However, as China opened up and reformed post-1979, many Han acquired enough money to begin to travel. One of the favorite travel experiences of the wealthy was visits to minority areas, to see the purportedly exotic rituals of the minority peoples. Responding to this interest, many minority entrepreneurs, despite themselves perhaps never having grown up practicing the dances, rituals, or songs themselves, began to cater to these tourists by performing acts similar to what was on the media. In this way, the groups of people named Zhuang or other named minorities have begun to have more in common with their fellow co-ethnics, as they have adopted similar self-conceptions in response to the economic demand of consumers for their performances.
After the breakup of Yugoslavia and the dissolution of the Soviet Union, there was a shift in official conceptions of minorities in China: rather than defining them as "nationalities", they became "ethnic groups". The difference between "nationality" and "ethnicity", as Uradyn Erden-Bulag describes it, is that the former treats the minorities of China as societies with "a fully functional division of labor", history, and territory, while the latter treats minorities as a "category" and focuses on their maintenance of boundaries and their self-definition in relation to the majority group. These changes are reflected in uses of the term minzu and its translations. The official journal Minzu Tuanjie changed its English name from Nationality Unity to Ethnic Unity in 1995. Similarly, the Central University for Nationalities changed its name to Minzu University of China. Scholars began to prefer the term zuqun (族群) over minzu.
China is officially composed of 56 ethnic groups (55 minorities plus the dominant Han). However, some of the ethnic groups as classified by the PRC government contain, within themselves, diverse groups of people. Various groups of the Miao minority, for example, speak different dialects of the Hmong–Mien languages, Tai–Kadai languages, and Chinese, and practice a variety of different cultural customs.
Additionally, some ethnic groups with smaller populations are classified together with another distinct ethnic group, such as the case with the Utsuls of Hainan being classified as part of the Hui minority on the basis of their shared Islamic religion, and the Chuanqing being classified as part of the Han majority.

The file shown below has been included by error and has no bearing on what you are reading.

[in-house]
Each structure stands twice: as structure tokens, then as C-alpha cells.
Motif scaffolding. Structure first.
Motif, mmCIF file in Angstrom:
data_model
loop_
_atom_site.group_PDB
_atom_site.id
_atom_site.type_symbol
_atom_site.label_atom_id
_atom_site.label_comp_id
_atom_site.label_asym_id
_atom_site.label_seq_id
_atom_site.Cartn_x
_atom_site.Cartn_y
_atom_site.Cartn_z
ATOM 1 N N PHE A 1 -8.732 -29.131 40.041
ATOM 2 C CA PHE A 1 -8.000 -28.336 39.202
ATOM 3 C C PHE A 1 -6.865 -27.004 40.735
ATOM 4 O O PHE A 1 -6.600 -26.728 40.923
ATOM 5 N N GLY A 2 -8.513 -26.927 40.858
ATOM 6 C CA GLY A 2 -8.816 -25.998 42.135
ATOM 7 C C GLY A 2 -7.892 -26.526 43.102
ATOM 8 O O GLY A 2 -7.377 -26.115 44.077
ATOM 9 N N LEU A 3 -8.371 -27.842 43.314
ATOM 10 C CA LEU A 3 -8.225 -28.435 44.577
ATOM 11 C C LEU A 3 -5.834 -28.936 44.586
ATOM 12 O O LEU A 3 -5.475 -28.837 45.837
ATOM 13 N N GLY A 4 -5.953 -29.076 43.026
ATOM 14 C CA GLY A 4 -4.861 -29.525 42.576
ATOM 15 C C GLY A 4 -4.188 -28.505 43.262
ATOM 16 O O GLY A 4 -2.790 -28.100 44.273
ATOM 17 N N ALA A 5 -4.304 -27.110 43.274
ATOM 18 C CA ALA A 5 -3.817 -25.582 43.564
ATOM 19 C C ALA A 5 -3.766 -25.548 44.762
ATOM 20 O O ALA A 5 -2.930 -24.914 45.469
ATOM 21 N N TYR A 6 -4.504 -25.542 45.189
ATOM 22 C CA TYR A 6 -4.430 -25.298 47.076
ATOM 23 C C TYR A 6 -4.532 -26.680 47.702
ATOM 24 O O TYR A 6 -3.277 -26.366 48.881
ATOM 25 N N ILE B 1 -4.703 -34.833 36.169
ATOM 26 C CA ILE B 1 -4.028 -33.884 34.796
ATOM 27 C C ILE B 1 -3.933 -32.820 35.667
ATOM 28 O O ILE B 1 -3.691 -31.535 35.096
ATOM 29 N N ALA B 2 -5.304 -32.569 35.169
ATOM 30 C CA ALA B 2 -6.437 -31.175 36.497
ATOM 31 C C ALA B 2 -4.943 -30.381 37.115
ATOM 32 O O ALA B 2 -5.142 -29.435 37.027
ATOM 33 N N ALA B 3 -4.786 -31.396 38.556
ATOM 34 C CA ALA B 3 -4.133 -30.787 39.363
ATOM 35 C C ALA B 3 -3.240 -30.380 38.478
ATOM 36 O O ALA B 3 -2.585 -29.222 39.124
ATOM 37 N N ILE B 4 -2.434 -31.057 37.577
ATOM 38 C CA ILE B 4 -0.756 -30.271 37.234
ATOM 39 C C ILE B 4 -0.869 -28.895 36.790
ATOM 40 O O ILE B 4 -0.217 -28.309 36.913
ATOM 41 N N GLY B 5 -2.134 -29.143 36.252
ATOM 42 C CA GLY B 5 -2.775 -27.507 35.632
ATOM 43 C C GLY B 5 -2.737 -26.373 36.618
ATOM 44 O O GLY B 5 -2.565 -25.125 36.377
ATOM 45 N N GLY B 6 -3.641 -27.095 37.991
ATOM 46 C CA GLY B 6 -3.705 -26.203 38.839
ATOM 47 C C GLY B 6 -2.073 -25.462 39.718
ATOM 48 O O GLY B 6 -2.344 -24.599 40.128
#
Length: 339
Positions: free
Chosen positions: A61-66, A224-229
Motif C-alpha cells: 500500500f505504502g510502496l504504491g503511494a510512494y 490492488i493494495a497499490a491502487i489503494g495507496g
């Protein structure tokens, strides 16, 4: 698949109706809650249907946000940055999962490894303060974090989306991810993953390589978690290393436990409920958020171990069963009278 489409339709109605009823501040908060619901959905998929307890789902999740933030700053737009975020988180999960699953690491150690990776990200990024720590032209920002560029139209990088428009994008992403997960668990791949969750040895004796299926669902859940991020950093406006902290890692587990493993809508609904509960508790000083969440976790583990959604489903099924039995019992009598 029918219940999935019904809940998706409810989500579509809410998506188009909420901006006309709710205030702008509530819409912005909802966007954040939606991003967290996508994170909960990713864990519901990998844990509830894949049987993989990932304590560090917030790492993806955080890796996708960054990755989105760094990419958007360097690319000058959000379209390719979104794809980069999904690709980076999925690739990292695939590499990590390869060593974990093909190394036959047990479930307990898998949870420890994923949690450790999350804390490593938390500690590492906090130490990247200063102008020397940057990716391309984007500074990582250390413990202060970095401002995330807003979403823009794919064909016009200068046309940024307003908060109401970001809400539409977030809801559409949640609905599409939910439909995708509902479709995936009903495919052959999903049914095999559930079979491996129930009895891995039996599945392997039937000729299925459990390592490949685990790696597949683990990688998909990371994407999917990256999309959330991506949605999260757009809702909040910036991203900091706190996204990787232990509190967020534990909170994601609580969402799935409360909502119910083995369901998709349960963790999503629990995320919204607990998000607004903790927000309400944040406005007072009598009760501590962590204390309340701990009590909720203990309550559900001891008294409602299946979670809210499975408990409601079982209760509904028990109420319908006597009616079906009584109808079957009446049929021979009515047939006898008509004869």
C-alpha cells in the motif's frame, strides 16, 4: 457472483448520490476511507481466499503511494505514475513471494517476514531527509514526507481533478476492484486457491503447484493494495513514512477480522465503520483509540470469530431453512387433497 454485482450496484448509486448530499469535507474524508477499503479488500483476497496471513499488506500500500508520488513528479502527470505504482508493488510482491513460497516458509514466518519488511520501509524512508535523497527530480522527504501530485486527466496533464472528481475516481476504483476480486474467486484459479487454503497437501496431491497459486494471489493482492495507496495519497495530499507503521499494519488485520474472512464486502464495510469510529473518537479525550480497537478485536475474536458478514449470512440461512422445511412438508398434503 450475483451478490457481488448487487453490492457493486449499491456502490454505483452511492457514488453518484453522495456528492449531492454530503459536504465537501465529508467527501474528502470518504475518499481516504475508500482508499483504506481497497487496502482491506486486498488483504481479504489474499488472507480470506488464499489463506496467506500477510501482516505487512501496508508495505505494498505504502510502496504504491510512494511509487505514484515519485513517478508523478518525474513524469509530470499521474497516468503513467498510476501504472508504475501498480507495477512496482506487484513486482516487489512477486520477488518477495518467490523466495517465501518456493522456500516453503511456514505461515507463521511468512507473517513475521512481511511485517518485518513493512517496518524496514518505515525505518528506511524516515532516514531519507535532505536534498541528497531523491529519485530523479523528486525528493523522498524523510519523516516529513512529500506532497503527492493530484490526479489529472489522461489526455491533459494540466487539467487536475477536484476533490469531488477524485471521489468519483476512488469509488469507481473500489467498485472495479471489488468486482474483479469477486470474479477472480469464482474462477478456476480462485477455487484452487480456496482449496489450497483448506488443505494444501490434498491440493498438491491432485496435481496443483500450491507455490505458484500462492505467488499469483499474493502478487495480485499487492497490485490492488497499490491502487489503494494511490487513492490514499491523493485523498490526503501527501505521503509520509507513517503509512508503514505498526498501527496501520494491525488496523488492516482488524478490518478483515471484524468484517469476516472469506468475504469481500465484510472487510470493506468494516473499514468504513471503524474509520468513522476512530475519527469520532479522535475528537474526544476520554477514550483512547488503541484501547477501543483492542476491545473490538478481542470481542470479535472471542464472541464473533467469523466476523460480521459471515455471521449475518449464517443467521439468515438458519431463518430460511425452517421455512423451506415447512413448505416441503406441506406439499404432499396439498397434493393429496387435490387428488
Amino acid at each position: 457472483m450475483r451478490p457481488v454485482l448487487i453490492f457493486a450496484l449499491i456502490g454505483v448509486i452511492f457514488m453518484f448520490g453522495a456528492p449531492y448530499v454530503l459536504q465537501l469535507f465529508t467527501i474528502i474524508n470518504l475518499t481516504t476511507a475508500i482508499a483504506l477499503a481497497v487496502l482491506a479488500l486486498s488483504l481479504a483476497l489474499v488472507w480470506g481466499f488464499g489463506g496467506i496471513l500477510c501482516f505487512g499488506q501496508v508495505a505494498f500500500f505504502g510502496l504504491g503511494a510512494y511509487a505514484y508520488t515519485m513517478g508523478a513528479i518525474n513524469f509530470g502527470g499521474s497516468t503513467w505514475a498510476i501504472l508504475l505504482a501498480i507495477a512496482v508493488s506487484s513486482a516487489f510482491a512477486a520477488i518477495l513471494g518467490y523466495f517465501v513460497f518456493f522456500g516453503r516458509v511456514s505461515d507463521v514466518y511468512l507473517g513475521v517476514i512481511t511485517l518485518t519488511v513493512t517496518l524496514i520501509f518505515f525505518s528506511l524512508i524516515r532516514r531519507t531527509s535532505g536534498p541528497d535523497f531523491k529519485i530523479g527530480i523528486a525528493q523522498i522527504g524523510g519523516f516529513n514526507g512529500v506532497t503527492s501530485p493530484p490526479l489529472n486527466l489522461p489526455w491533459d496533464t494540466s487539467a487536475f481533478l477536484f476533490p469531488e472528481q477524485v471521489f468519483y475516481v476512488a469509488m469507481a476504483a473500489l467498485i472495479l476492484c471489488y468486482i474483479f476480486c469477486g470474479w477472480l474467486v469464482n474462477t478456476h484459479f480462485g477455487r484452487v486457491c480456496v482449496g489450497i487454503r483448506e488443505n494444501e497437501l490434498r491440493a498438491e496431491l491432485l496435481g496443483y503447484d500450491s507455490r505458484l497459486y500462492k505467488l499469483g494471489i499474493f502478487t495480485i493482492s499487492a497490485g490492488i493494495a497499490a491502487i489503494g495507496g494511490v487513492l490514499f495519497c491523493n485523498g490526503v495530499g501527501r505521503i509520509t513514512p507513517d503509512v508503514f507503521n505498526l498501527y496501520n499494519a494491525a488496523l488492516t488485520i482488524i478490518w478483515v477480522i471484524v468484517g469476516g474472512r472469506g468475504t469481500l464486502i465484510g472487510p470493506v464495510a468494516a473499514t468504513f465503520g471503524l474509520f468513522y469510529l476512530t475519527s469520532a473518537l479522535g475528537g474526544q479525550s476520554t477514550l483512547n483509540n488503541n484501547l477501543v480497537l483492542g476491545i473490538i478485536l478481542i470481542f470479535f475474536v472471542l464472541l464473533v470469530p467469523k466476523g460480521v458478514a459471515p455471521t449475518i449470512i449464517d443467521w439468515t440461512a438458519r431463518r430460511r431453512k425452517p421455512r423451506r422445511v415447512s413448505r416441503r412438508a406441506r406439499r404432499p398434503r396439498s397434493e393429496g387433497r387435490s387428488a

Additionally, the degree of variation between ethnic groups is also not consistent. Many ethnic groups are described as having unique characteristics from other minority groups and from the dominant Han, but there are also some that are very similar to the Han majority group. Most Hui Chinese are indistinguishable from Han Chinese except for the fact that they practice Islam, and most Manchu are considered to be largely assimilated into dominant Han society.
China's official 55 minorities are located primarily in the south, west, and north of China. Only Tibet Autonomous Region and Xinjiang Uygur Autonomous Region have a majority population of official minorities, while all other provinces, municipalities and regions of China have a Han majority. In Beijing itself, the Han ethnic composition makes up nearly 96% of the total population, while the ethnic minority total is 4.31%, or a population of 584,692 (as of 2008).
The degree of acceptance into and integration of ethnic minorities with the mainstream community also varies widely from group to group. Notably, Beijing's neighbourhoods lack defined or distinct ethnic enclaves. Before Beijing embarked on a course of rapid and unprecedented development which drastically lessened physical space available, small Tibetan enclaves existed near the Central University of Nationalities in Haidan District, as well as several Manchurian enclaves in the city's outer parts, and Muslim Uyghur communities throughout the city. However, virtually all ethnic enclaves have been eliminated as high-rise residential and corporate buildings have taken over these spaces. Several Tibetan temples and Islamic mosques remain, but they "often do not reflect the local demographics of the local area." For this reason, the Niujie area, which at its centre features one of the oldest mosques in China (built in 966 during the Liao Dynasty and enlarged by the Qing Emperors) remarkably survives as one of the "last important historical and present-day ethnic enclaves in Beijing." Furthermore, the Beijing Municipal Government has invested over RMB10 million (about US$1.25 million) towards rebuilding a mainly-Muslim residential area. Despite such measures, attitudes in China towards various minorities by the Han have long been afflicted by Han chauvinism, and is often resented by minority groups. Migration has also caused friction in some minority areas, such as Tibet and Xinjiang.